If the word is starting to get out on income planning, certain actions need to follow, said two leaders of a course on managing retirement income held during the recent annual meeting of the National Association of Variable Annuities, Reston, Va.

One action point concerns the effectiveness of current withdrawal techniques, said Richard Reilly, a financial planning and income planning specialist based in Needham, Mass. He asked the class of about 25 participants whether the current concept of a withdrawal ratio makes sense.

The withdrawal ratio is used to draw off investment income without affecting principal. “Are people underestimating it or accurately estimating it?” Reilly asked.

It is an average and not a constant, he noted. In the early years of retirement, a retiree may need all of that income, in mid-retirement years, perhaps 80%, and in later years, maybe 60%, Reilly continued. Needing so much in the early years is a big risk to principal, he said.

“This is not a flexible tool. We have to figure out how to build something that you can tinker with,” he observed.

In fact, Reilly said, there is a need to create ‘decumulation’ models for income planning. The focus has not yet been shifted from asset accumulation, he said.

Companies need to think about income planning tools differently than those for accumulation in order to give producers the tools they need to help people make decisions, Reilly continued.

Reilly also raised the point of whether insurers are pricing products in a way that makes sense for what they want products to do for clients.

In addition, anyone offering income planning services needs to consider points such as what early retirement can mean in terms of income planning, he said. If, for example, a husband has a greater Social Security benefit than his wife, takes early retirement and then predeceases his wife, the ongoing benefit for the wife is going to be less than what she would have received if the husband had worked to full retirement age, he said.

Another issue to consider is how realistic are the retirement assumptions made by baby boomers and their advisors, Reilly said. For example, he said many boomers plan on working after formal retirement so they project a salary as part of their income flow. But how realistic is that assumption? he asked.

Before affirming that assumption, one must consider the quality of work that is available, how physically and mentally capable boomers will be at retirement, and just how meaningful the post-retirement employment will be as a portion of the full income stream, he said.

Reilly indicated he is personally skeptical that continued work will provide a meaningful portion of income.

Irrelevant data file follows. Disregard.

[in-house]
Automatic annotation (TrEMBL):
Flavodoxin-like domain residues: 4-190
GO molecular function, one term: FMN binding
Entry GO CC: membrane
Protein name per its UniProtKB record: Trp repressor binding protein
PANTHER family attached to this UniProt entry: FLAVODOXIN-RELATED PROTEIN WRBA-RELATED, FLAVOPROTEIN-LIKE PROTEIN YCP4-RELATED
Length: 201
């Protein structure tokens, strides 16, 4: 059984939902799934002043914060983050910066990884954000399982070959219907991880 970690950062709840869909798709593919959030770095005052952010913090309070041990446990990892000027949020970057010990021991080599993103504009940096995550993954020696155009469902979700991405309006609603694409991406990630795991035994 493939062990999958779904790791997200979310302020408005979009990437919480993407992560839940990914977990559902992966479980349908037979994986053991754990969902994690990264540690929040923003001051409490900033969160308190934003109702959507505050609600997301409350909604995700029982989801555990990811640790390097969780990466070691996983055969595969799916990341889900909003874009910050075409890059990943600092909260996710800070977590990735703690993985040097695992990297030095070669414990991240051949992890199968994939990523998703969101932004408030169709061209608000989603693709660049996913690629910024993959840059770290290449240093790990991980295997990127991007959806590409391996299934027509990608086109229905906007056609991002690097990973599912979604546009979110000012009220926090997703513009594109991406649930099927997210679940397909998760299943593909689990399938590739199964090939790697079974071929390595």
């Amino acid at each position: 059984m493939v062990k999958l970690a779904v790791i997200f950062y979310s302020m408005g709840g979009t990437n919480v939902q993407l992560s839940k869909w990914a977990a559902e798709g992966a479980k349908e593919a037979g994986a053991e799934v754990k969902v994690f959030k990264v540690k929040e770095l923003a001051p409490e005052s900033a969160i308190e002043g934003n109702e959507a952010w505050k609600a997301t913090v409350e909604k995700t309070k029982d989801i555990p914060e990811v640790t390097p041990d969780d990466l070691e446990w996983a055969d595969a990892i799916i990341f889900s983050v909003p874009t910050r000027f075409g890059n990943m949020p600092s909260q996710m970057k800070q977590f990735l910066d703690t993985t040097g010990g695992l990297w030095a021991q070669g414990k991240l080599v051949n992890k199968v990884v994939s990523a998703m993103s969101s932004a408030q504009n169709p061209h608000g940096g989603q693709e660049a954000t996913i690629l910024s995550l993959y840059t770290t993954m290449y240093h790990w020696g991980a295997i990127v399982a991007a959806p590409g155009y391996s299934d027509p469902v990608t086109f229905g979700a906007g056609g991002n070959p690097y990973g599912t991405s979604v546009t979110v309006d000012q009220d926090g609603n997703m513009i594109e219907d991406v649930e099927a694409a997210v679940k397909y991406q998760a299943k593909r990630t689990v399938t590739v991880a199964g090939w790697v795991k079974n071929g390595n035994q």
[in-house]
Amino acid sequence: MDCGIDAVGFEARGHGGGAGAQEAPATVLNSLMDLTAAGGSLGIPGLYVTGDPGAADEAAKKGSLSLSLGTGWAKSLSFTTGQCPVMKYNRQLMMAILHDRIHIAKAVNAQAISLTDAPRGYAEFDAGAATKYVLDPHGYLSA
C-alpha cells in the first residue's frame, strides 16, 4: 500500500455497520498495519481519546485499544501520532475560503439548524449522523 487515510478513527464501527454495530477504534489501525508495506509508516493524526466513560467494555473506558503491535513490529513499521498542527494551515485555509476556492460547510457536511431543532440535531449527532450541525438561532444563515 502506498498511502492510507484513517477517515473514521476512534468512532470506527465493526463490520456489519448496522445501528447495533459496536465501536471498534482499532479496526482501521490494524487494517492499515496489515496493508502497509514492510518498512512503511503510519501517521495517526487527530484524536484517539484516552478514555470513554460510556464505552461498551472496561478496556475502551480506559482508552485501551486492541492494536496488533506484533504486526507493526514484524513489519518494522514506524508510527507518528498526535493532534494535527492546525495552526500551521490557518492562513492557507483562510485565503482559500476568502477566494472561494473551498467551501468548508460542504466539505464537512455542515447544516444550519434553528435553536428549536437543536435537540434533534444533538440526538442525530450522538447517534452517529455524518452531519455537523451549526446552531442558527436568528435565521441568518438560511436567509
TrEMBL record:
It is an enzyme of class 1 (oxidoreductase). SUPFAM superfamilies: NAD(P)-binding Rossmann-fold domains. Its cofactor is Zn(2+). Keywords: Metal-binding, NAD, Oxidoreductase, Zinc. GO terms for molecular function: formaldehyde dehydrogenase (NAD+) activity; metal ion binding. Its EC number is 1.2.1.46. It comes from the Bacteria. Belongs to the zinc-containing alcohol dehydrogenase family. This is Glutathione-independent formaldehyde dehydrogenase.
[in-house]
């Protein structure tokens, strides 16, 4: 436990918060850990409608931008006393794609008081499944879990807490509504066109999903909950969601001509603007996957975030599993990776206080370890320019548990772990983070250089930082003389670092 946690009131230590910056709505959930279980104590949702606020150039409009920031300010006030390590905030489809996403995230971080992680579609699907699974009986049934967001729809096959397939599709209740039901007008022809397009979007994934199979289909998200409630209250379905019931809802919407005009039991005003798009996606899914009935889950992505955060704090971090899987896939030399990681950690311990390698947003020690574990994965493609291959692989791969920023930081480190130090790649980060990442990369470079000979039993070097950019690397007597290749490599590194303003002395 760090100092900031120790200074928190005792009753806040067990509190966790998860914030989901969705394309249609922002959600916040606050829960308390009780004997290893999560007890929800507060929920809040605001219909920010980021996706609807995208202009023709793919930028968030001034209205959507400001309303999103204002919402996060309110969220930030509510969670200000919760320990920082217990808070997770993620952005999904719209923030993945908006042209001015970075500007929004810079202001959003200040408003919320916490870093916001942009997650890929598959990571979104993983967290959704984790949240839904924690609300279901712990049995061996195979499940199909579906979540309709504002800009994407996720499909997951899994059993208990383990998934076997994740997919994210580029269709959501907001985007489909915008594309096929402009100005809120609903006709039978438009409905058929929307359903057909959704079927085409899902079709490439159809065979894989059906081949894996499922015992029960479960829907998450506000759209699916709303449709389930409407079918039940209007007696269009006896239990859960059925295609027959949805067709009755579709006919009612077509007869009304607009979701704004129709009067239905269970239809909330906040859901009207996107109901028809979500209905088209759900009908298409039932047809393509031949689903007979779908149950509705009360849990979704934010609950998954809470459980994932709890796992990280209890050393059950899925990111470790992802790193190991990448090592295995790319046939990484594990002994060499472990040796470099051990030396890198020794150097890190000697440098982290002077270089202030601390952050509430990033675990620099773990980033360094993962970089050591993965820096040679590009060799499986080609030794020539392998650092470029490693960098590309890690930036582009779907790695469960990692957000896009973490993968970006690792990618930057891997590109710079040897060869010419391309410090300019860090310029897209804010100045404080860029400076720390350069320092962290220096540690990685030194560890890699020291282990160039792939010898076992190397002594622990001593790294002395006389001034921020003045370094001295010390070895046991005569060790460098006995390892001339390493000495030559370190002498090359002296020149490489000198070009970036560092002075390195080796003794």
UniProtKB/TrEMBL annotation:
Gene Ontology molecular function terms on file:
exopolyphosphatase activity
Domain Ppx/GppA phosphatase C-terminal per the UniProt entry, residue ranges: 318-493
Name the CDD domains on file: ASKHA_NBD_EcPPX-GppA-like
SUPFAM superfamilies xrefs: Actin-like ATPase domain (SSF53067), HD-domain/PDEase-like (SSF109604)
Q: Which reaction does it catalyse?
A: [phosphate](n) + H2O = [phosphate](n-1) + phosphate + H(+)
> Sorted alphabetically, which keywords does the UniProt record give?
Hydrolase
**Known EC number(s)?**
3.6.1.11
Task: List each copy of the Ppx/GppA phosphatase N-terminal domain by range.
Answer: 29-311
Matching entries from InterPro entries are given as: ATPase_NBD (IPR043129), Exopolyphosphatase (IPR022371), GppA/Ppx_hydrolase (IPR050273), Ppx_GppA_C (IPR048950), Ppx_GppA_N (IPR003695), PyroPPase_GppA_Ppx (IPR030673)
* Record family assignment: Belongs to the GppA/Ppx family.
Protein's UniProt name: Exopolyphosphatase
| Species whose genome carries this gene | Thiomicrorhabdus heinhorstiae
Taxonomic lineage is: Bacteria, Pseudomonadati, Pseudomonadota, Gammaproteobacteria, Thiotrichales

Yet another issue the industry needs to address is tax treatment, he said. There needs to be a discussion of how to reach after-tax dollars most effectively, according to Reilly.

People don’t want to spend principal, but it might be more tax efficient to do so, he said. The issue is one of whether the boomer wants to leave a bequest or not. If the latter is the case, he said, then using an asset such as a Roth IRA–in which withdrawals can be made without tax–can be a good way to create regular income.

Michael Zmistowski, a financial consultant with First Gulf Advisors, Tampa, Fla., presented other options such as using home equity to create income and just using restraint in consumption to reduce expenses.

Zmistowski reiterated the point that in the early years of retirement, it is important not to withdraw too much. One consideration, he added, might be to use home equity if there is a gap in income due to a market downturn in the early years of retirement. When the market rebounds, the boomer then can repay the loan, he added.

Another option, he said, is downsizing.

With regards to spending less, Zmistowski said there is often a bridge between what people realize they should do and what they actually do. For instance, while a client may understand that it would be financially beneficial to live in a less expensive city, the client is not necessarily going to take action to implement that change, he said.

Other considerations Zmistowski discussed to ensure income included laddering annuities and using an immediate variable annuity as a risk hedge in tandem with a systematic withdrawal program from a fixed immediate annuity.

Zmistowski had seminar participants break into four groups and then asked those groups to identify risks they associated with income planning.

Among the recurring answers: health costs, inflation risk, longevity risk and market risk.

Others risks identified by one of the four groups included the risks of needing to help a family member financially, dealing with unfunded pensions and psychological problems.

Commenting on the recurring responses, Zmistowski said there seems to be an “intuitive knowledge” of what these risks are.

This article originally appeared in the November 2005 issue of Income Planning, an online publication of National Underwriter Life & Health. You can subscribe to this monthly e-newsletter for free by going to www.lifeandhealthinsurancenews.com.

Among other things, there needs to be a discussion of how to reach after-tax dollars most effectively